Problem Solving

Pragmatic believes that every organization can benefit from integrating systematic improvement processes throughout their operations. In accordance with the underlying principles of Continuous Improvement, most organizations want to engage employees to help manage processes, measure the effectiveness of the processes and ensure that the outputs from the processes meet internal or external customer requirements.

Individuals, teams and organizations often need to adapt to new customer requirements or changes in the business environment. Capable companies need to excel at improving performance in today's turbulent operating environment and ensure that their employees have the necessary skills and competencies to assist in driving product and process improvements.

The most recognizable and commonly adopted approach to systematic problem solving is contained within the traditional Plan-Do-Check-Act cycle. The PDCA approach is a powerful method to help teams systematically identify and resolve problems. This approach ensures that corrective measures are implemented when problems occur and that once resolved, the process remains in control and the improvement gains are maintained.

Successful problem resolution can only be achieved by taking a systematic approach to studying the processes and understanding what is going on in the process and identifying the most important problems to work on. What is the best approach to improving quality while reducing cost and waste?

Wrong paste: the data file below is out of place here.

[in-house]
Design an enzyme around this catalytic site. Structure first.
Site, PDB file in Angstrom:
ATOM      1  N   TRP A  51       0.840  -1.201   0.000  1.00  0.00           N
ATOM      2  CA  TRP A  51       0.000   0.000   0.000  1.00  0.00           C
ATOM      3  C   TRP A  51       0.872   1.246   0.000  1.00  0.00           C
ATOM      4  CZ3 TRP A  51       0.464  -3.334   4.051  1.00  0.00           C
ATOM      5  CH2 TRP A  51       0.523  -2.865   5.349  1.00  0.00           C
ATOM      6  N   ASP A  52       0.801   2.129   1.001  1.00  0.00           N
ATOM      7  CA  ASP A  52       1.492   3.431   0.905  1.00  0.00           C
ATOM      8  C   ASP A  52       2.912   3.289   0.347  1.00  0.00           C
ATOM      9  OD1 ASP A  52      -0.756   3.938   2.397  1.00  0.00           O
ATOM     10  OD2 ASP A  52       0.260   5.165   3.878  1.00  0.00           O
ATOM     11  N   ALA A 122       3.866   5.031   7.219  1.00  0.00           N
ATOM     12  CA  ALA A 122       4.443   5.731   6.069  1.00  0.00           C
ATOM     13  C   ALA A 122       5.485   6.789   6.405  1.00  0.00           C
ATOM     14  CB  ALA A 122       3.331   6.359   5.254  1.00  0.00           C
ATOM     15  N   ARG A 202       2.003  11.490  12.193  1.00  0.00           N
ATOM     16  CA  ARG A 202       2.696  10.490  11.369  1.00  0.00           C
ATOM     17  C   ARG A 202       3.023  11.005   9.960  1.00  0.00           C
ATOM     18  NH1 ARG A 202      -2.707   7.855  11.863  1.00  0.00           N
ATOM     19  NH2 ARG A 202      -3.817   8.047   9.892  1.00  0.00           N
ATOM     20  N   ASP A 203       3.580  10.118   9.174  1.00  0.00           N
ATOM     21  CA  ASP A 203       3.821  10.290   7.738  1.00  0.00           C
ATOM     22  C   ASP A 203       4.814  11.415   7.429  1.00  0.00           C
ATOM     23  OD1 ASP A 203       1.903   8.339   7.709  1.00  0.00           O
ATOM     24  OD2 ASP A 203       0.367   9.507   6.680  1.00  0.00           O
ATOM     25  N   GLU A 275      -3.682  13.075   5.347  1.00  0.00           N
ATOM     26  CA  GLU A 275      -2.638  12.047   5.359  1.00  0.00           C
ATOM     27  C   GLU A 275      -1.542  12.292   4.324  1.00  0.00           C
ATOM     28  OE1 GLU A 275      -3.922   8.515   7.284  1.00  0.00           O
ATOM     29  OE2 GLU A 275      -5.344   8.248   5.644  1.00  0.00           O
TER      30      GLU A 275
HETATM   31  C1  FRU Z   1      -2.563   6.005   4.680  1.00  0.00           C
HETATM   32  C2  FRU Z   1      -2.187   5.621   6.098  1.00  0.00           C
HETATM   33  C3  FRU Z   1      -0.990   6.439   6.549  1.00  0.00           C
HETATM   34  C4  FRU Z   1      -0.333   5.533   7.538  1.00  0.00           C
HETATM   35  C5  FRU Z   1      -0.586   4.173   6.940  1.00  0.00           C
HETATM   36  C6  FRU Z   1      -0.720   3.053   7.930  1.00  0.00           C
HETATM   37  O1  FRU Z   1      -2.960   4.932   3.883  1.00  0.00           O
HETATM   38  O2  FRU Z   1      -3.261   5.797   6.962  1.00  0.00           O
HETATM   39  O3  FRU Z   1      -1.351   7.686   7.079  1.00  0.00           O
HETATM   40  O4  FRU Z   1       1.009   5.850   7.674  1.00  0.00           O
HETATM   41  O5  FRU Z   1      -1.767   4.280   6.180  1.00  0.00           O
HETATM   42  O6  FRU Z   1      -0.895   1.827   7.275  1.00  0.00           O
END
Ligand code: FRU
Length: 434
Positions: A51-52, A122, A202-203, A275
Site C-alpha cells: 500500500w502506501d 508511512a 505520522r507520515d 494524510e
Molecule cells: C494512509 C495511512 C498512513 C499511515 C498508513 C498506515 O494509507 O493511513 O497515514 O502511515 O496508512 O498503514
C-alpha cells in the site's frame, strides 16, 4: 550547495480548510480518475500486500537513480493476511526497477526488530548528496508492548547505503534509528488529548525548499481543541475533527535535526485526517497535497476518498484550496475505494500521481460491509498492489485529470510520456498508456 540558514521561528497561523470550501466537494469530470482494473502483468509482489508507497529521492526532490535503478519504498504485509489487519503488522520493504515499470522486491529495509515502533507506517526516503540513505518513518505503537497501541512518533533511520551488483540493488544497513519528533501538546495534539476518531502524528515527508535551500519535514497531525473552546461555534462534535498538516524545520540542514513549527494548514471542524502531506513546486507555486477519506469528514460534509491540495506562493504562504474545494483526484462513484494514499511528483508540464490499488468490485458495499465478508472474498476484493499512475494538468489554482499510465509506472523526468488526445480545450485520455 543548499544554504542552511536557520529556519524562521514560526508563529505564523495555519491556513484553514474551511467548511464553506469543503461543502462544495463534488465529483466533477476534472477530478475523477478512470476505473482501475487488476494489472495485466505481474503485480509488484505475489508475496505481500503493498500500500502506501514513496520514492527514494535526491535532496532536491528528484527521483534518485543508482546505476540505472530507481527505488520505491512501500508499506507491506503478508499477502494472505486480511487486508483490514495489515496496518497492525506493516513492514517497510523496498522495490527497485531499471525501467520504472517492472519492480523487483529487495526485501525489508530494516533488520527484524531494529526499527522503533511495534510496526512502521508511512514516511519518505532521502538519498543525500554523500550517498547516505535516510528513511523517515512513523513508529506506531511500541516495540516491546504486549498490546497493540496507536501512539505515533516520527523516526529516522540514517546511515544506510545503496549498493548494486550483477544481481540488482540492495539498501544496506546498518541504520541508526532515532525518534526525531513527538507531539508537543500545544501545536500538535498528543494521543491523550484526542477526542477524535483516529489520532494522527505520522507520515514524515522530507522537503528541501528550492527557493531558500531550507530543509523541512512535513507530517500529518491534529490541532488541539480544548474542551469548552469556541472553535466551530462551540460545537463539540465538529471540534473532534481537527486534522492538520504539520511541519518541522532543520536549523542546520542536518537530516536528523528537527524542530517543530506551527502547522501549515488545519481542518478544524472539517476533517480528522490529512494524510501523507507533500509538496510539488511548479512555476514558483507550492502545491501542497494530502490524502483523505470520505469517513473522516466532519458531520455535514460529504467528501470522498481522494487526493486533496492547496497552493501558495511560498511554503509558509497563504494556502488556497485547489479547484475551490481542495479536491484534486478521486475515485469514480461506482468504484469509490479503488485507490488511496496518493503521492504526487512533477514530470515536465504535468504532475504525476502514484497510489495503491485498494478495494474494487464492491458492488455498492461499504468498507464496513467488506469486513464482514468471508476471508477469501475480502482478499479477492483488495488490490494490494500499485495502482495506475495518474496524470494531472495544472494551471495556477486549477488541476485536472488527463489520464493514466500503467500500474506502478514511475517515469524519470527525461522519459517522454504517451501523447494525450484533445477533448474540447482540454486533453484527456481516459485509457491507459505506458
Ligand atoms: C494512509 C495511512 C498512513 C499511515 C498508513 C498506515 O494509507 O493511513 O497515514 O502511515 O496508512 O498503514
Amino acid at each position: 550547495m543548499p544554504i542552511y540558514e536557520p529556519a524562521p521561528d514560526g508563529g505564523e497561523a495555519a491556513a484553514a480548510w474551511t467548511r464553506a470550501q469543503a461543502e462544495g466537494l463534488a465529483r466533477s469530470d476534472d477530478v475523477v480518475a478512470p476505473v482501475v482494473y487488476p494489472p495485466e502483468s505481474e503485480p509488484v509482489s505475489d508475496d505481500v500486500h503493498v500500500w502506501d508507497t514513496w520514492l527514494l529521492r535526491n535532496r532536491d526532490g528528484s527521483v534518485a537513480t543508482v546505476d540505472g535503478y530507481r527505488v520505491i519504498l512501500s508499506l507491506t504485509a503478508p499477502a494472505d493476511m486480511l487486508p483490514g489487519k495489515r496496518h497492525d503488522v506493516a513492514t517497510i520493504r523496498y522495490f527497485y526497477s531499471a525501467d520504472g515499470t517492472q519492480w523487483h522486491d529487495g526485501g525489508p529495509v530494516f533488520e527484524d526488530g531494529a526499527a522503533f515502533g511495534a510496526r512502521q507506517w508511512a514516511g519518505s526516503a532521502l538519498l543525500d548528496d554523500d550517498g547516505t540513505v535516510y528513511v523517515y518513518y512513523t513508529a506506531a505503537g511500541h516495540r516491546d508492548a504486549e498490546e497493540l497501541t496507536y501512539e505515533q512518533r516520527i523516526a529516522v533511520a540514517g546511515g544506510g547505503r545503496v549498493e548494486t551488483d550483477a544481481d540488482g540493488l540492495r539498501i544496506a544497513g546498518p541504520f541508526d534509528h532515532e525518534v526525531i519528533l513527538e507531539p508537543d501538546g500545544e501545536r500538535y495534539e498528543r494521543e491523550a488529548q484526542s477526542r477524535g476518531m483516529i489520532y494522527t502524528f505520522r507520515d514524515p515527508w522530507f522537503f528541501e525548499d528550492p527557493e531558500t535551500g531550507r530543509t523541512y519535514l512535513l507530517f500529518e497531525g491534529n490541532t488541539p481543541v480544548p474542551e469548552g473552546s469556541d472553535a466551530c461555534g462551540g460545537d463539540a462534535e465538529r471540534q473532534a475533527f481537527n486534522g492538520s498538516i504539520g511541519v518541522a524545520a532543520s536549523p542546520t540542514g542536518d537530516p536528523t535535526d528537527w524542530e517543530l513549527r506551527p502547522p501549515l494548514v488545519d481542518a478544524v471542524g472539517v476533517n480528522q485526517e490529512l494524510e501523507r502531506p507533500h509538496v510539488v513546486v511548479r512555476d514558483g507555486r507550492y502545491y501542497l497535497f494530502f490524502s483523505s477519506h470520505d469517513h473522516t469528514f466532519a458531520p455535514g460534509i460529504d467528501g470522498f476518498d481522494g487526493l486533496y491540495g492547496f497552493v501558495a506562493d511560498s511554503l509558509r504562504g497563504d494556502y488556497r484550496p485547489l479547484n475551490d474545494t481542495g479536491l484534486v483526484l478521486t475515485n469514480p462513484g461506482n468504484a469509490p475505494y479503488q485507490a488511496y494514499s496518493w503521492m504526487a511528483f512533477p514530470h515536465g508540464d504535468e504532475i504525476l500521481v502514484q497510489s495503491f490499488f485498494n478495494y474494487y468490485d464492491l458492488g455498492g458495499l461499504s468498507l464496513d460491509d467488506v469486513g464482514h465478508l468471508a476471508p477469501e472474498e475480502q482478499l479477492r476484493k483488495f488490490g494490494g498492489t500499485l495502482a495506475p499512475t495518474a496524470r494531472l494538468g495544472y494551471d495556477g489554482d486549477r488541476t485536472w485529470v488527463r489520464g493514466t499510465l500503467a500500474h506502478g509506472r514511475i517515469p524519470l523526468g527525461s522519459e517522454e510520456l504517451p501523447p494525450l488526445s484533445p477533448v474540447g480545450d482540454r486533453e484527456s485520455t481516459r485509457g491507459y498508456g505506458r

In more mature organizations the tools and methodologies of "Lean and Six Sigma" are being implemented to great effect, but in some smaller organizations the 7-Step Model provides the most effective framework to implement an effective approach to "Problem Solving" as part of the PDCA cycle.

Whether you are executing a Lean Implementation or a Lean Sigma, this approach is supplemented by training teams in the most commonly used tools used for each step of the process. When delivering this training to organizations, Pragmatic often encourages students to bring "real" problems to the classroom so that the tools can be applied in a practical manner that can yield immediate results.

Problem Solving

The 8 Steps to Problem Solving

  1. Problem Clarification
  2. Problem Breakdown
  3. Target Setting
  4. Root Cause Analysis
  5. Developing Countermeasures
  6. Seeing Countermeasures Through
  7. Monitoring Process and Results
  8. Standardizing and Sharing Successful Practices
Six Sigma

The formal 7 step approach and the PDCA cycle

  1. Define the Problem
  2. Confirm and Validate the Process
  3. Identify probable (root) causes
  4. Develop action Plan and Solutions
  5. Implement the Plan
  6. Monitor (Measure) the Results
  7. Verify Effective (Lessons Learned)